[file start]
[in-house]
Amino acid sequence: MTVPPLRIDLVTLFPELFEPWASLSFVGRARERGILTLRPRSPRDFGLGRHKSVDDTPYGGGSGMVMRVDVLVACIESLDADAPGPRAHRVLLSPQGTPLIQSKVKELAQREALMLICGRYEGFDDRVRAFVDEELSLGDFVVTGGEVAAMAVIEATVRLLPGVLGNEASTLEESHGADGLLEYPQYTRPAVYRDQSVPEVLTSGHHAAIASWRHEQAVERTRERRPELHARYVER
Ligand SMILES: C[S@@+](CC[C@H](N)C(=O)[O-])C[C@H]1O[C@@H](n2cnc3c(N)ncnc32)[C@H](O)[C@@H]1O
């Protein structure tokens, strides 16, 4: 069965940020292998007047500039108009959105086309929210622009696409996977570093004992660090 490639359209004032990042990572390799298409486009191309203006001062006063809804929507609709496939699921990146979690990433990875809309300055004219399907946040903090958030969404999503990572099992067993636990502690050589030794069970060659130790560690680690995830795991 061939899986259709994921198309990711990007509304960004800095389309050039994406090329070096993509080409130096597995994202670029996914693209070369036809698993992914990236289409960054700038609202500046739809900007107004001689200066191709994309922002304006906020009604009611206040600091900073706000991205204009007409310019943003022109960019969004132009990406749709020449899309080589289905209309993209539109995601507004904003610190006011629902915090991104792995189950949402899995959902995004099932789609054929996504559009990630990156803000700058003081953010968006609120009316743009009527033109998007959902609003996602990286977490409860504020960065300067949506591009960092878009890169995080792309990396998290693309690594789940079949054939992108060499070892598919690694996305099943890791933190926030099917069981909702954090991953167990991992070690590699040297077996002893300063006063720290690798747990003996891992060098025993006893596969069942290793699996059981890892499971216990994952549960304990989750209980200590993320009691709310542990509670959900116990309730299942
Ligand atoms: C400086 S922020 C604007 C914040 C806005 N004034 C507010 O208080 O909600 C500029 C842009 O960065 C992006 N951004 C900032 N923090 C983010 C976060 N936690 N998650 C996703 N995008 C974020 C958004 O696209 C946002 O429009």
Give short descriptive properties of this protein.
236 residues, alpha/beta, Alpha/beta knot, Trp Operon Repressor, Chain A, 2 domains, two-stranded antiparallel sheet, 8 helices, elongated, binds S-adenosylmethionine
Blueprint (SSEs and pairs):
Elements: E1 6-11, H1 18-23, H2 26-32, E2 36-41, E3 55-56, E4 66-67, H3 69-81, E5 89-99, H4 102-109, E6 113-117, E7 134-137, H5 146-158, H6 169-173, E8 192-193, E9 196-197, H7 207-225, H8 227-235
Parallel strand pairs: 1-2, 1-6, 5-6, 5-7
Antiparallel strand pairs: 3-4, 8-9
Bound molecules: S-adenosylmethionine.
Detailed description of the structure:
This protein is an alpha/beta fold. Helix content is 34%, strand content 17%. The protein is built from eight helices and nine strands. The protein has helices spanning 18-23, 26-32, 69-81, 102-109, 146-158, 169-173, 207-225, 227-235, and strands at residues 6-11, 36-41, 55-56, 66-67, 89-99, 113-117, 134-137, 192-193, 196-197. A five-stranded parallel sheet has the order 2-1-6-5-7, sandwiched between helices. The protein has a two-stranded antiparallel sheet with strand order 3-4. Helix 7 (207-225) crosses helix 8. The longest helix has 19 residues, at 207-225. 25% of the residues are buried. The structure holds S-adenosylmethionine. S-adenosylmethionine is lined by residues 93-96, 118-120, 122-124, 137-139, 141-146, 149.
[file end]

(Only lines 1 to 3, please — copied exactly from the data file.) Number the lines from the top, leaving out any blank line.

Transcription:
[in-house]
Amino acid sequence: MTVPPLRIDLVTLFPELFEPWASLSFVGRARERGILTLRPRSPRDFGLGRHKSVDDTPYGGGSGMVMRVDVLVACIESLDADAPGPRAHRVLLSPQGTPLIQSKVKELAQREALMLICGRYEGFDDRVRAFVDEELSLGDFVVTGGEVAAMAVIEATVRLLPGVLGNEASTLEESHGADGLLEYPQYTRPAVYRDQSVPEVLTSGHHAAIASWRHEQAVERTRERRPELHARYVER
Ligand SMILES: C[S@@+](CC[C@H](N)C(=O)[O-])C[C@H]1O[C@@H](n2cnc3c(N)ncnc32)[C@H](O)[C@@H]1O